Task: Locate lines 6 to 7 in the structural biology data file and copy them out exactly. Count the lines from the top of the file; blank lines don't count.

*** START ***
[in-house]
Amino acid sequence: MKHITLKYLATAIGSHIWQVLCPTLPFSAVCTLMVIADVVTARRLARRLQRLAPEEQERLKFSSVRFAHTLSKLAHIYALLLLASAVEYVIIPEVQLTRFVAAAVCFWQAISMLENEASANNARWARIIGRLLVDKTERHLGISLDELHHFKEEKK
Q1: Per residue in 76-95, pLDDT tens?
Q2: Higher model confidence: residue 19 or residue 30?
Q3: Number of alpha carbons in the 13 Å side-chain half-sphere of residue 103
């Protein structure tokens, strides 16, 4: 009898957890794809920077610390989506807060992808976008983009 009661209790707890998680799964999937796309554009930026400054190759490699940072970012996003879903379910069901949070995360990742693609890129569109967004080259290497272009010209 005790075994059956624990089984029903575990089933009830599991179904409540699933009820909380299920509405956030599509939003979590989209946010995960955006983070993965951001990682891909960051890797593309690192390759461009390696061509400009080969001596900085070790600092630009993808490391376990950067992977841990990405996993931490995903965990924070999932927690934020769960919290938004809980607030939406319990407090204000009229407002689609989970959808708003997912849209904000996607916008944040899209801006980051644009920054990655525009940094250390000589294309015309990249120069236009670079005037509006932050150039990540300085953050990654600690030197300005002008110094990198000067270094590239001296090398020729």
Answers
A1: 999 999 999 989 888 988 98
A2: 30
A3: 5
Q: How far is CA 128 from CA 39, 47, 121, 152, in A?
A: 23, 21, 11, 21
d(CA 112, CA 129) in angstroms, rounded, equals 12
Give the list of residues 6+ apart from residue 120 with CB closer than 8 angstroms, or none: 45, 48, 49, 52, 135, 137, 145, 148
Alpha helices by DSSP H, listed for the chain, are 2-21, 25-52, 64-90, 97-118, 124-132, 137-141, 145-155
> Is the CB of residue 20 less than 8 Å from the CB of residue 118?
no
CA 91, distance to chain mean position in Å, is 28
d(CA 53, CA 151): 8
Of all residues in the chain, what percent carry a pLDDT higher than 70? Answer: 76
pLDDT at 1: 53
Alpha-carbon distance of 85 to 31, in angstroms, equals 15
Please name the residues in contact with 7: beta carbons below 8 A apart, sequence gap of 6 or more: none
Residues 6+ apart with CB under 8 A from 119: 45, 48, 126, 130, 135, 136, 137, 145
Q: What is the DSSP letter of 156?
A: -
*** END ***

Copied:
């Protein structure tokens, strides 16, 4: 009898957890794809920077610390989506807060992808976008983009 009661209790707890998680799964999937796309554009930026400054190759490699940072970012996003879903379910069901949070995360990742693609890129569109967004080259290497272009010209 005790075994059956624990089984029903575990089933009830599991179904409540699933009820909380299920509405956030599509939003979590989209946010995960955006983070993965951001990682891909960051890797593309690192390759461009390696061509400009080969001596900085070790600092630009993808490391376990950067992977841990990405996993931490995903965990924070999932927690934020769960919290938004809980607030939406319990407090204000009229407002689609989970959808708003997912849209904000996607916008944040899209801006980051644009920054990655525009940094250390000589294309015309990249120069236009670079005037509006932050150039990540300085953050990654600690030197300005002008110094990198000067270094590239001296090398020729």
Answers